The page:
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Work Songs and Other Laborlore for Labor Day

With Labor Day approaching, I’d love to introduce you to some of our resources on the folklore and folklife of labor. This area of study has many names, from the more formal “occupational folk culture” to the more colloquial “laborlore.”  It also has many sub-areas, from the study of occupational folk speech, including jargon, to full-blown ethnographies of working communities.  There’s an awful lot to explore!

My particular love in this area is occupational folksongs.  In fact, a few years ago, before the existence of Folklife Today, I wrote an essay that became both the script for a curator talk video, and a section of a longer essay on the Library of Congress website.  Now it’s available in both forms, each with its own advantages.  In the video, you can hear snippets of the songs, see great images selected by the Library’s curators, and (of course) see and hear me!  You’ll find that in the player below:

In the essay form, you’ll find links to mp3 versions of many of the field recordings I’m using as examples. Here’s one of my paragraphs to whet your appetite:

In southern cornfields and cotton fields, workers often relieved their boredom with an “arwhoolie,” or “Cornfield Holler:” a plaintive chant with only a few words, sung by a worker in the fields. Sometimes, a plantation worker or sharecropper in one field would hear a neighbor’s arwhoolie carried on the breeze, and would answer with his own. There were often special calls for quitting time, such as “Oh the Sun Done Quit Shinin,'” and even for mealtimes, such as “She Brought My Breakfast.” Similarly, when out cutting sugarcane on a cold fall morning, a Texas singer might complain:

Ain’t no more cane on the Brazos
They done ground it all up in molasses

It’s impossible to be bored when thinking up lyrics like that!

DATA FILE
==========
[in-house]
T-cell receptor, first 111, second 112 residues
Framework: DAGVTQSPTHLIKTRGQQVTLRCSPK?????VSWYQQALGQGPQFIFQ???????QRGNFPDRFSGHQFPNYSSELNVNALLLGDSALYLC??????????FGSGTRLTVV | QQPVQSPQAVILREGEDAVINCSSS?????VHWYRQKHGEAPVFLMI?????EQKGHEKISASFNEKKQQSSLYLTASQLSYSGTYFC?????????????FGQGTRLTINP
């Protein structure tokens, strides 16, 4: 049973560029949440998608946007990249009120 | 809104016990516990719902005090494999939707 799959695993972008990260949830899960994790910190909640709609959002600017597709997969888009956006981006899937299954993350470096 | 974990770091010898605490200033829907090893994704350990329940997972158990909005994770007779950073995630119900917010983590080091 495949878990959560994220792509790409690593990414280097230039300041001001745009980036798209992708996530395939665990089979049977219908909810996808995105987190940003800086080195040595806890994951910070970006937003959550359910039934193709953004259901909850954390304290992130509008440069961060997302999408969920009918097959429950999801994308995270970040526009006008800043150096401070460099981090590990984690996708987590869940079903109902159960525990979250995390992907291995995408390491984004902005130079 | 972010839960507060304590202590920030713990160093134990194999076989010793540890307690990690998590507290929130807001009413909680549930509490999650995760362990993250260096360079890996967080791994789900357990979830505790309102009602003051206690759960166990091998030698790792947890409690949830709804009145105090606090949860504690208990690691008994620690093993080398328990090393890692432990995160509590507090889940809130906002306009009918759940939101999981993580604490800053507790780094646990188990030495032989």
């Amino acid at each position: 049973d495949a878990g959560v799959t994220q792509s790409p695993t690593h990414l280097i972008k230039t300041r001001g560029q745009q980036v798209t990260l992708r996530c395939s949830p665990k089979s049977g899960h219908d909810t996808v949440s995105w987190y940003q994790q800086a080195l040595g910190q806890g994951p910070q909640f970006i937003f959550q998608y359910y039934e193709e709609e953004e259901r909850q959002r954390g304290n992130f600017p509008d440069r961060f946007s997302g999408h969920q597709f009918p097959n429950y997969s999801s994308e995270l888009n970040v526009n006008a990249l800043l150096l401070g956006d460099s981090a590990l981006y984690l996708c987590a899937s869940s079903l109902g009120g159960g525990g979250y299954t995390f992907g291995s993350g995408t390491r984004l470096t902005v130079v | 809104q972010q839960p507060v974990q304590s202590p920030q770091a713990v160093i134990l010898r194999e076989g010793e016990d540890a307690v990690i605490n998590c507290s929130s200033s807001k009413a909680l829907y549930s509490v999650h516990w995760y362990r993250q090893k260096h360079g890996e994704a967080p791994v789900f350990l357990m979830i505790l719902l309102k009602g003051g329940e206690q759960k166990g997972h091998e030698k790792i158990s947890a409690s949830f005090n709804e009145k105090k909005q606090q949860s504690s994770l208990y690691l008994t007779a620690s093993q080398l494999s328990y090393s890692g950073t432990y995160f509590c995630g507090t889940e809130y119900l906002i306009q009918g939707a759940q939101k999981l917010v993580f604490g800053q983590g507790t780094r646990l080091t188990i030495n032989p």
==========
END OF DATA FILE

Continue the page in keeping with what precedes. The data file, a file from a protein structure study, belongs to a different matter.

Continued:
You’ll find the full essay at this link. 

The essay above is from the Library’s huge online presentation The Library of Congress Celebrates the Songs of America.  Related essays within that presentation include “John Henry,” “Songs of Unionization, Labor Strikes, and Child Labor,” “Western and Cowboy Songs,” and Songs of Work and Industry.

In 2007, the American Folklife Center presented a symposium with the Fund for Labor History and Culture, called Laborlore Conversations IV: Documenting Occupational Folklore Then and Now.  The link on the title will take you to the main symposium page, which has links to webcasts of the  whole event.  It also features a selected list of AFC archival collections about laborlore, and an extensive resource list on the topic.

In 2010, we followed that symposium with another one, Work and Transformation: Documenting Working Americans, which we produced with help from the Institute of Museum and Library Services.  Again, the link on the title will take you to the symposium page, where you can find webcasts of the whole symposium.  It even has another resource list packed with ideas for studying work and culture.

Finally, AFC is contributing to the ongoing documentation of laborlore, through the Occupational Folklife Project, a multi-year documentation project that seeks to capture a portrait of America’s workforce during a time of transition.  The project gathers community-based interviews with workers across the United States, discussing their workplace experiences, training, and occupational communities.

As I said at the beginning, there’s an awful lot to explore–it might even take you a long weekend!



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